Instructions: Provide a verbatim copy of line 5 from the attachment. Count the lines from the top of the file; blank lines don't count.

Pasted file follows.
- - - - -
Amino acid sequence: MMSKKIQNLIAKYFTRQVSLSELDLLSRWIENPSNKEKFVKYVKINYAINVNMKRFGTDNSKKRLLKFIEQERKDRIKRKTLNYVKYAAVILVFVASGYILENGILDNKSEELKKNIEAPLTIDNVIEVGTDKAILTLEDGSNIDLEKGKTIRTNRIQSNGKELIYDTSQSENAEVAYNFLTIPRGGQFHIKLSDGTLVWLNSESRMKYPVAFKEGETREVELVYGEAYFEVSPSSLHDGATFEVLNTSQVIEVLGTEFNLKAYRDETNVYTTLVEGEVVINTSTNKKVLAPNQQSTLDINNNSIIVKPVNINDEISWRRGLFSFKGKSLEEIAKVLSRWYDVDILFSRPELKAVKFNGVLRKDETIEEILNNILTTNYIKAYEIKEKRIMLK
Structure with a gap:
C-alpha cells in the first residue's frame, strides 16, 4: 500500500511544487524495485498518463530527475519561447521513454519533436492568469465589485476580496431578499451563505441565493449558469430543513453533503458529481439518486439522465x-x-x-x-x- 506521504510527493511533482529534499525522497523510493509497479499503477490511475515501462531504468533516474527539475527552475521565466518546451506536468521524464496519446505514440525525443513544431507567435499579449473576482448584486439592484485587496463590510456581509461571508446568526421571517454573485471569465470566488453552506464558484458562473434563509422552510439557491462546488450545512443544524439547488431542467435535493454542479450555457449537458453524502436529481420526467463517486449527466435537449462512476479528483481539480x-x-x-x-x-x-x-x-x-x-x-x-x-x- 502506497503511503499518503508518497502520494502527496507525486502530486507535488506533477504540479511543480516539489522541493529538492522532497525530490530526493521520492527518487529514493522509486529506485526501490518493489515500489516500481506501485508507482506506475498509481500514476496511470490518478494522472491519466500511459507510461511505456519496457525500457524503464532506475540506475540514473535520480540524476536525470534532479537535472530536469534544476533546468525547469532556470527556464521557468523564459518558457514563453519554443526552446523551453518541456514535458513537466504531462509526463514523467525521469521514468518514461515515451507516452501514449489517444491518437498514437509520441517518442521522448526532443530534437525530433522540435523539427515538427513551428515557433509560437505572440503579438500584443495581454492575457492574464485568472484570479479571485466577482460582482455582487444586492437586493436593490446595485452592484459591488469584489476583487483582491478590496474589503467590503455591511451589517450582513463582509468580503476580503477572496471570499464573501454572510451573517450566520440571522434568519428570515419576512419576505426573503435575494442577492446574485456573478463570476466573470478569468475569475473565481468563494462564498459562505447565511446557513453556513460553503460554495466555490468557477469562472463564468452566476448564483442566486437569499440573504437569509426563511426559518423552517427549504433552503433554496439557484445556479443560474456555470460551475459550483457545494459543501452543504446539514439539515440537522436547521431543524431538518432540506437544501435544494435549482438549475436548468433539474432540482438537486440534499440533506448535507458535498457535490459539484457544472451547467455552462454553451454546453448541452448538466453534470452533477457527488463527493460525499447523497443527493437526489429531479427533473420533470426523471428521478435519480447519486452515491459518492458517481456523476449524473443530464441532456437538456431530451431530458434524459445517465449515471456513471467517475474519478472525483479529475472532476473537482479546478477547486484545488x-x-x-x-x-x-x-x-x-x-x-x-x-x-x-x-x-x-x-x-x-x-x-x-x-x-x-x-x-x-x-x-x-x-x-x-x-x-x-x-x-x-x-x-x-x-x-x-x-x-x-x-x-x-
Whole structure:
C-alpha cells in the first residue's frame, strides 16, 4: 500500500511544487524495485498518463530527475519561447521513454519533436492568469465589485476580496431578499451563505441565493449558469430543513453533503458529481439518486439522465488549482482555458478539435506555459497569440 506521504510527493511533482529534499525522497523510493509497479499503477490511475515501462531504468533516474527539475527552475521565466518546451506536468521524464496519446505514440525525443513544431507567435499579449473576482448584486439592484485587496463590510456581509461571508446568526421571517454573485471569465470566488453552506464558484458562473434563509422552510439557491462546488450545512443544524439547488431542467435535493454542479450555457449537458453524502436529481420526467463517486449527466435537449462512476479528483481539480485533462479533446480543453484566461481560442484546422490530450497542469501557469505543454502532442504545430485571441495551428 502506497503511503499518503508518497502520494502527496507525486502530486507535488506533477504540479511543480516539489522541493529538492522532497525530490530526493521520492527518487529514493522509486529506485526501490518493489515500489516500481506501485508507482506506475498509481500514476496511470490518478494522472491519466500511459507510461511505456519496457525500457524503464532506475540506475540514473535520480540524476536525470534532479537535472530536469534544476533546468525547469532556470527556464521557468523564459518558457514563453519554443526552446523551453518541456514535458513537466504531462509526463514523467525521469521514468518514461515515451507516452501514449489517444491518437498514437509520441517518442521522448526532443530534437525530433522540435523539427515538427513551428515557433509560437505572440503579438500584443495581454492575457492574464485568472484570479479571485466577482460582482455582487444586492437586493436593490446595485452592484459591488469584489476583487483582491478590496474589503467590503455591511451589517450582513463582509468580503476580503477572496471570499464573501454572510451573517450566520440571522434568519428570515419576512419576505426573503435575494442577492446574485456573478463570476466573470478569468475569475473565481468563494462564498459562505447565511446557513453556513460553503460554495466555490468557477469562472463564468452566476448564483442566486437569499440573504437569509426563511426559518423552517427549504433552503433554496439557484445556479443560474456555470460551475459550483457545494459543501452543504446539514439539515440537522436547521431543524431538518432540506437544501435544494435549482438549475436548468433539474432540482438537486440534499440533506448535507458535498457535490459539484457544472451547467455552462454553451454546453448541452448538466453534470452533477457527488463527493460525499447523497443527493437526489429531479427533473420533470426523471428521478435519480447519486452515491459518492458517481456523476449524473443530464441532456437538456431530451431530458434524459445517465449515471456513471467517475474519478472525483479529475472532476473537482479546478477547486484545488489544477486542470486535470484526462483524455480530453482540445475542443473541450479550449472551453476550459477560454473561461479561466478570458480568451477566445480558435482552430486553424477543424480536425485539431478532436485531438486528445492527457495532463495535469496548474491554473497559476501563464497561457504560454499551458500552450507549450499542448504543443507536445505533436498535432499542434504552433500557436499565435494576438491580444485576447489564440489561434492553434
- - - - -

C-alpha cells in the first residue's frame, strides 16, 4: 500500500511544487524495485498518463530527475519561447521513454519533436492568469465589485476580496431578499451563505441565493449558469430543513453533503458529481439518486439522465488549482482555458478539435506555459497569440 506521504510527493511533482529534499525522497523510493509497479499503477490511475515501462531504468533516474527539475527552475521565466518546451506536468521524464496519446505514440525525443513544431507567435499579449473576482448584486439592484485587496463590510456581509461571508446568526421571517454573485471569465470566488453552506464558484458562473434563509422552510439557491462546488450545512443544524439547488431542467435535493454542479450555457449537458453524502436529481420526467463517486449527466435537449462512476479528483481539480485533462479533446480543453484566461481560442484546422490530450497542469501557469505543454502532442504545430485571441495551428 502506497503511503499518503508518497502520494502527496507525486502530486507535488506533477504540479511543480516539489522541493529538492522532497525530490530526493521520492527518487529514493522509486529506485526501490518493489515500489516500481506501485508507482506506475498509481500514476496511470490518478494522472491519466500511459507510461511505456519496457525500457524503464532506475540506475540514473535520480540524476536525470534532479537535472530536469534544476533546468525547469532556470527556464521557468523564459518558457514563453519554443526552446523551453518541456514535458513537466504531462509526463514523467525521469521514468518514461515515451507516452501514449489517444491518437498514437509520441517518442521522448526532443530534437525530433522540435523539427515538427513551428515557433509560437505572440503579438500584443495581454492575457492574464485568472484570479479571485466577482460582482455582487444586492437586493436593490446595485452592484459591488469584489476583487483582491478590496474589503467590503455591511451589517450582513463582509468580503476580503477572496471570499464573501454572510451573517450566520440571522434568519428570515419576512419576505426573503435575494442577492446574485456573478463570476466573470478569468475569475473565481468563494462564498459562505447565511446557513453556513460553503460554495466555490468557477469562472463564468452566476448564483442566486437569499440573504437569509426563511426559518423552517427549504433552503433554496439557484445556479443560474456555470460551475459550483457545494459543501452543504446539514439539515440537522436547521431543524431538518432540506437544501435544494435549482438549475436548468433539474432540482438537486440534499440533506448535507458535498457535490459539484457544472451547467455552462454553451454546453448541452448538466453534470452533477457527488463527493460525499447523497443527493437526489429531479427533473420533470426523471428521478435519480447519486452515491459518492458517481456523476449524473443530464441532456437538456431530451431530458434524459445517465449515471456513471467517475474519478472525483479529475472532476473537482479546478477547486484545488489544477486542470486535470484526462483524455480530453482540445475542443473541450479550449472551453476550459477560454473561461479561466478570458480568451477566445480558435482552430486553424477543424480536425485539431478532436485531438486528445492527457495532463495535469496548474491554473497559476501563464497561457504560454499551458500552450507549450499542448504543443507536445505533436498535432499542434504552433500557436499565435494576438491580444485576447489564440489561434492553434